Chronic alcohol abuse and the acute sedative and neurophysiologic effects of midazolam

Lance O. Bauer, Jeffrey B. Gross, Roger E. Meyer, David J. Greenblatt

Research output: Contribution to journalArticlepeer-review

14 Scopus citations

Abstract

The aim of the present investigation was to examine benzodiazepine sensitivity in abstinent alcoholics. For this purpose, two escalating doses of the benzodiazepine midazolam were IV administered to nine alcohol-dependent patients after 2-3 weeks of abstinence and 12 healthy, non-alcoholic volunteers. A variety of dependent measures were examined, including the power spectrum of the resting electroencephalogram (EEG) and evoked EEG responses, saccadic eye movements, self-reported sedation, and vigilance task performance. Analyses revealed a significant association between plasma midazolam levels and changes in EEG beta power, pattern shift visual evoked potential amplitude, heart rate, and saccade amplitude and velocity. The patient and control groups differed significantly in the onset latencies of their saccadic eye movements, and marginally in EEG beta power, both before and after midazolam. However, no differences were detected between the groups in the dose of midazolam required to produce sedation or in midazolam's neurophysiological effects.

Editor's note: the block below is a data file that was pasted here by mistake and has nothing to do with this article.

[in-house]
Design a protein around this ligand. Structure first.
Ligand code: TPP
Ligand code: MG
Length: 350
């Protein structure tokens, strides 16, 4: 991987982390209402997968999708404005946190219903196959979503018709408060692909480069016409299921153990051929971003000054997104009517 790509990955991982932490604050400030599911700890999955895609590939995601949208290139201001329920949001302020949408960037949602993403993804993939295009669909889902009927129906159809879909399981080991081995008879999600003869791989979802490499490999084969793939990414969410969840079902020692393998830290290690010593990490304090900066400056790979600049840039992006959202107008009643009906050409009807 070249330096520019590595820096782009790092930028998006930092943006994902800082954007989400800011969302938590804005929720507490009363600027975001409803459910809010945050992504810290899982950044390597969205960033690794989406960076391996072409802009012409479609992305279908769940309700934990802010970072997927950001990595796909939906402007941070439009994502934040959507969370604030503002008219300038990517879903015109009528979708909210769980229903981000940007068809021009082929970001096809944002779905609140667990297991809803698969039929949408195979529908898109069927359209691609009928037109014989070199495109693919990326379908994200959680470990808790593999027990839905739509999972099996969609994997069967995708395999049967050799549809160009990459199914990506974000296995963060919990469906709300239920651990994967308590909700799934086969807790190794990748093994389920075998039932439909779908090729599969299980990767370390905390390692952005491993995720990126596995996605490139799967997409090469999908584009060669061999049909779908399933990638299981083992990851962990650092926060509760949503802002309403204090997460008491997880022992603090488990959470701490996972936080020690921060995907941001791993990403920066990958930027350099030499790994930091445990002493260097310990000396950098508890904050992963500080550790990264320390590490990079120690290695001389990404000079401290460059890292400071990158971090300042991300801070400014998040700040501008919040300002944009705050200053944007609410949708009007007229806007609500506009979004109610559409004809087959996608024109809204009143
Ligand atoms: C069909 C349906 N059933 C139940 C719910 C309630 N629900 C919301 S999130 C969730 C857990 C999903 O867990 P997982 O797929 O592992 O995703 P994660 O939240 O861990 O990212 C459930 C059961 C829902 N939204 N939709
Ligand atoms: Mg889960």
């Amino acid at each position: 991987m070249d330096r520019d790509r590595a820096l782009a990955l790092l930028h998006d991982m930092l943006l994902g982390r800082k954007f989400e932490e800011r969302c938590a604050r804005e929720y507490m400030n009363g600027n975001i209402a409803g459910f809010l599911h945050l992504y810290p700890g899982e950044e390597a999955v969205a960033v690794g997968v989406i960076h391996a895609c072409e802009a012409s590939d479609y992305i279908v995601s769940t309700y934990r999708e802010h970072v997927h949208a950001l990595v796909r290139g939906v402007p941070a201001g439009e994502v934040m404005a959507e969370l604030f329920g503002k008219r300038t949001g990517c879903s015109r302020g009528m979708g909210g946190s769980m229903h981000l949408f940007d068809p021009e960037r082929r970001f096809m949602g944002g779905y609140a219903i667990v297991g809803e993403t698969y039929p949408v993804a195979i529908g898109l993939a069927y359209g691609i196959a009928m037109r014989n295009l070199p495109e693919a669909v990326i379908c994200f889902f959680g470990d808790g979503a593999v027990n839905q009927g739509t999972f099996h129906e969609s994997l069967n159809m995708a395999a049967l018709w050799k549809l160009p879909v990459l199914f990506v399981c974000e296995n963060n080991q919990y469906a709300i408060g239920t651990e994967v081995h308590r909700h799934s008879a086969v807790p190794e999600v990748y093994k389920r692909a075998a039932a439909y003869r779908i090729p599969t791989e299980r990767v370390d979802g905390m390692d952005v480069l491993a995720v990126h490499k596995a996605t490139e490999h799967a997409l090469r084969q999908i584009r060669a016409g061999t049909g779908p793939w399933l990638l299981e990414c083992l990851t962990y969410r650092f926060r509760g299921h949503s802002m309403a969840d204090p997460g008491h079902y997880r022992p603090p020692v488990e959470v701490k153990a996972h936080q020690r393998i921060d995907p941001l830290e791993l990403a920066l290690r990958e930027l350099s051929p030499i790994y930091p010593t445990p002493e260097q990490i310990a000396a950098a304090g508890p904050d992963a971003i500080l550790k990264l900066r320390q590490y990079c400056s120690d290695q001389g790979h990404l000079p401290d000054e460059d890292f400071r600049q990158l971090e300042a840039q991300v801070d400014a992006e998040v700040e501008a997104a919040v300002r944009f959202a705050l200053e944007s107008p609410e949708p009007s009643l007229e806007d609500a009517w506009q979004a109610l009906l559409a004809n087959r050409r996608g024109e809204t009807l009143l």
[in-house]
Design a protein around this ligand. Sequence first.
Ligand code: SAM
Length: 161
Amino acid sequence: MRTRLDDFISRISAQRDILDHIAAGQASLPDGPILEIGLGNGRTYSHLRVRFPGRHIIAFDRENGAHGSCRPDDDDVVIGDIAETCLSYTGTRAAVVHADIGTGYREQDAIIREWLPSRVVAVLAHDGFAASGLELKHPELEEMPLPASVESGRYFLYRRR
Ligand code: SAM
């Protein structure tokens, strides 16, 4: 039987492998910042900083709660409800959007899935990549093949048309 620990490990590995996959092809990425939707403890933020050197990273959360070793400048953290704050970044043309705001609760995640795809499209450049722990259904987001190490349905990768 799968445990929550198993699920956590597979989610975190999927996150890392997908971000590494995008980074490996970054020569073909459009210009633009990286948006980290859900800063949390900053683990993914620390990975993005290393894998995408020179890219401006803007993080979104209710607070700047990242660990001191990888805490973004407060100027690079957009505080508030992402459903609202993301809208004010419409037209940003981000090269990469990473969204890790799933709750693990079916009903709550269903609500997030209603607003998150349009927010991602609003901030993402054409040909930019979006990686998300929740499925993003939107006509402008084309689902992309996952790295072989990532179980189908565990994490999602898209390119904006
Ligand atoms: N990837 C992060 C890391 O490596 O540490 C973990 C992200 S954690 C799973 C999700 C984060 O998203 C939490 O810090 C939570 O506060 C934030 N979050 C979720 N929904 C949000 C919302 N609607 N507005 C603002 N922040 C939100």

Original languageEnglish (US)
Pages (from-to)293-299
Number of pages7
JournalPsychopharmacology
Volume133
Issue number3
DOIs
StatePublished - Oct 28 1997

All Science Journal Classification (ASJC) codes

  • Pharmacology

Fingerprint Dive into the research topics of 'Chronic alcohol abuse and the acute sedative and neurophysiologic effects of midazolam'. Together they form a unique fingerprint.

Cite this